|Publication number||US3156394 A|
|Publication date||Nov 10, 1964|
|Filing date||Apr 28, 1960|
|Priority date||May 4, 1959|
|Publication number||US 3156394 A, US 3156394A, US-A-3156394, US3156394 A, US3156394A|
|Inventors||Achille Pellerin, Denis Martin, Maurice Alles, Pierre Camatte|
|Original Assignee||Commissariat Energie Atomique|
|Export Citation||BiBTeX, EndNote, RefMan|
|Patent Citations (8), Referenced by (6), Classifications (15)|
|External Links: USPTO, USPTO Assignment, Espacenet|
Nov. 10, 1964 M. ALLES ETAL 3,156,394
APPARATUS FOR CUTTING A CASING 0F MALLEABLE MATERIAL CONTAINING A SOLID MATERIAL Filed April 28, 1960 3 Sheets-Sheet 1 FIG. 1.. FIG. 2
Nov. 10, 1964 M. ALLES ETAL 3,156,394
APPARATUS FOR CUTTING A CASING OF MALLEABLE MATERIAL conmmuc A sous MATERIAL I5 Sheets-Sheet 2 Filed April 28, 1960 Nov. 10, 1964 M. ALLES ETAL 3,156,394
APPARATUS FOR CUTTING A CASING OF MALLEABLE MATERIAL CONTAINING A SOLID MATERIAL Filed April 28, 1960 3 Sheets-Sheet 3 United States Patent Filed Apr. 28, 1960, Ser. No. 25,389 Claims priority, application France, May 4, 1959, 7 4
1 Claim. in. 22s-94 On leaving atomic piles cylindrical bars of irradiated fissile material should, in view of their subsequent employment, be released from their protective metallic casing.
This is called dc-casing, which consist of two operations:
Severing the casings (in general, at the extremities of each bar).
Extrusion of the bar, e.g. by a hydraulic jack.
The severing should carry away neither pieces of scrap nor fragments of the casing. Furthermore, the severing tools should not come into contact with the irradiated material since there would result a very serious radioactive contamination of the surroundings.
Finally, this radioactivity necessitates a remote control which, like the rest of the apparatus, should be as simple as possible.
Similar conditions can also exist in other industries.
Our invention provides an effective and simple apparatus for severing a casing of malleable material containing a solid material, being particularly adapted to the severing away of the casings of cylindrical elements enclosing radioactive material.
The apparatus according to the invention for severing a casing at right angles to its longitudinal axis consists of clamping the periphery of the casing between at least two first jaws arranged perpendicular to the axis of the casing and located in a single plane, and in addition between at least two other jaws arranged in the same fashion but located in another plane parallel to the first-mentioned plane and then rotating the assembly of the said other jaws about the axis of the casing keeping them all clamped against the casing while the said first walls remain stationary.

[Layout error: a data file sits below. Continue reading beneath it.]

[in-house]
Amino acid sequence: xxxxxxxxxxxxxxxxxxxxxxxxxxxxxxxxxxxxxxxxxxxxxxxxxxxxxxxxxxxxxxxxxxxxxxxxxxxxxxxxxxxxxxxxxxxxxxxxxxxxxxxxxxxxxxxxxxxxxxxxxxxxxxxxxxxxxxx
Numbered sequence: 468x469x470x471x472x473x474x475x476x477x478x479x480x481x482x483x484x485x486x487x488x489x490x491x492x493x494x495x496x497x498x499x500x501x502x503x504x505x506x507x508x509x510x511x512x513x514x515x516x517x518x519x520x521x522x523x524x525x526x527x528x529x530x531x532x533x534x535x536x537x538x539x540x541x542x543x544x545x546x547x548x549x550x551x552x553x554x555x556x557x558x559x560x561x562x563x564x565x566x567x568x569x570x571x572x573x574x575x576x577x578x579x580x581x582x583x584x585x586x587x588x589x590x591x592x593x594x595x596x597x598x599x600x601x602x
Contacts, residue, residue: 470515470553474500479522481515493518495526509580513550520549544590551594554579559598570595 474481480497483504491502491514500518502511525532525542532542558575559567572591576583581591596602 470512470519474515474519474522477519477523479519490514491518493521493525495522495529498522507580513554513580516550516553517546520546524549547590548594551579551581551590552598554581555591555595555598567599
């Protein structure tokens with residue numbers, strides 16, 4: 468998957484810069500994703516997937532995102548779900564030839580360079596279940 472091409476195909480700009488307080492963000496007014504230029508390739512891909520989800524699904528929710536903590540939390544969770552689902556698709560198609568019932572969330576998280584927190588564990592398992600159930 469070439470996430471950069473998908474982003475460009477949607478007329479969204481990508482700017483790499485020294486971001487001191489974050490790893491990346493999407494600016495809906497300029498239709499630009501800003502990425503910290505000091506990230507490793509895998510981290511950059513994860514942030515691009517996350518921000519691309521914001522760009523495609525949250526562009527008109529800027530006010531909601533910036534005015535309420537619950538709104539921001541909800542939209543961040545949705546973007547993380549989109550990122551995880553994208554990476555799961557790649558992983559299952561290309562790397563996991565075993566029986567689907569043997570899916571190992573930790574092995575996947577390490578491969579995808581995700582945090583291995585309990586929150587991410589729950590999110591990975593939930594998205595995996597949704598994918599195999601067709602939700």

Preferably the jaws are positioned so that the two parallel planes, in which they are located, are adjacent.
In the case of casings containing several bars of fissile material end to end along the length of the casing, the jaws are applied in such a manner that the plane which separates the first jaws from the second jaws coincides with the plane of separation between the ends of two successive bars.
The apparatus according to the invention for carrying out the novel method comprises means for holding the casing fixed, means for periodically advancing the casing, .two adjacent sets of jaws each comprising at least two jaws arranged about a space adapted to receive the casing and at right angles to the longitudinal axis of this space, members for holding, guiding and clamping each of said jaws against the casing and means for rotating one of the sets of jaws about said axis.
The number of jaws in each of the two sets can vary. One could for example have three jaws located in the same plane, pointed towards the axis of the casing and forming between them an angle of 120. According to a preferred form of the invention, the jaws are arranged in pairs, the two jaws of which are face to face to one another; one could also have 2, 4, 6 or 8 jaws per set, the two sets not necessarily comprising the same number of aws.
3,156,394 Patented Nov. 10, 1964 ice The means for supporting the casing are constituted for example by a channel.
The means for holding the case, preferably comprises a movable carriage adapted to abut one end of the element carrying the casing and a removable abutment adapted to abut the other end of the element.
The means for periodically advancing the element are preferably constituted by the same carriage, a jack, and transmission and control means for advancing the carriage under the action of the jack.
The members for holding, guiding and clamping the walls may be formed as cams, each of which is provided with a lever connected to a jack. The cams preferably have the general shape of circular plates having a central opening and adapted to rotate about the axis of this opening under the effect of the action of the corresponding jack.